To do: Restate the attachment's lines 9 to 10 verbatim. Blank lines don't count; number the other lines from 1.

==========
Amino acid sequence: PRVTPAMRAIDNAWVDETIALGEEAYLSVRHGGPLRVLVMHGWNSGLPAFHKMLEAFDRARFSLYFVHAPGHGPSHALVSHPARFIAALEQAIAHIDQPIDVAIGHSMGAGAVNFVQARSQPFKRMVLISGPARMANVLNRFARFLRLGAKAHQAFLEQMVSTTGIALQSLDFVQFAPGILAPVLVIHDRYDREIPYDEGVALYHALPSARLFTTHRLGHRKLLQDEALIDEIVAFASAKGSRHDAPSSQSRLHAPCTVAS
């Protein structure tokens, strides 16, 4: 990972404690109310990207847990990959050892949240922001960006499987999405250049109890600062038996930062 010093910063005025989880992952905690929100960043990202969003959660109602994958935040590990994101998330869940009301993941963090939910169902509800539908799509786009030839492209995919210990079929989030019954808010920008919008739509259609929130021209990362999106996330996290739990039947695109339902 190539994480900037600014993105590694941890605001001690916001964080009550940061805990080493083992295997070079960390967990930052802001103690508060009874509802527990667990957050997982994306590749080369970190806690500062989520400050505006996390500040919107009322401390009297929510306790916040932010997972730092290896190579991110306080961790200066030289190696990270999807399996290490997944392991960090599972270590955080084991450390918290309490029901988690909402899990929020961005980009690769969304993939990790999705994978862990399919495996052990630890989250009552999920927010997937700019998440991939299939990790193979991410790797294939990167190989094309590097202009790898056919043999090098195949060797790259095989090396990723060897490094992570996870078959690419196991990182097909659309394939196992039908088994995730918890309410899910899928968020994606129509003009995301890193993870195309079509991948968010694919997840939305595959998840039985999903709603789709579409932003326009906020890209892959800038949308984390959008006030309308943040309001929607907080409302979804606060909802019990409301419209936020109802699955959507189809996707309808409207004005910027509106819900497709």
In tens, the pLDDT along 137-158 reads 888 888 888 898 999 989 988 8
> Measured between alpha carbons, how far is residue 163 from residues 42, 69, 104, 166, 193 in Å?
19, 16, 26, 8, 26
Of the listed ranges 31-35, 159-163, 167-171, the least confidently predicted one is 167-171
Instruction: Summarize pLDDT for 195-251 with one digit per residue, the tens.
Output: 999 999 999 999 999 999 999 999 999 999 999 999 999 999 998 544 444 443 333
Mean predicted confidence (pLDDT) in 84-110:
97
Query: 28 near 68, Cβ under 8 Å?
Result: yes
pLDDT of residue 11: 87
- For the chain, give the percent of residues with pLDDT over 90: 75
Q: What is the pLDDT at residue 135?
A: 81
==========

Mean predicted confidence (pLDDT) in 84-110:
97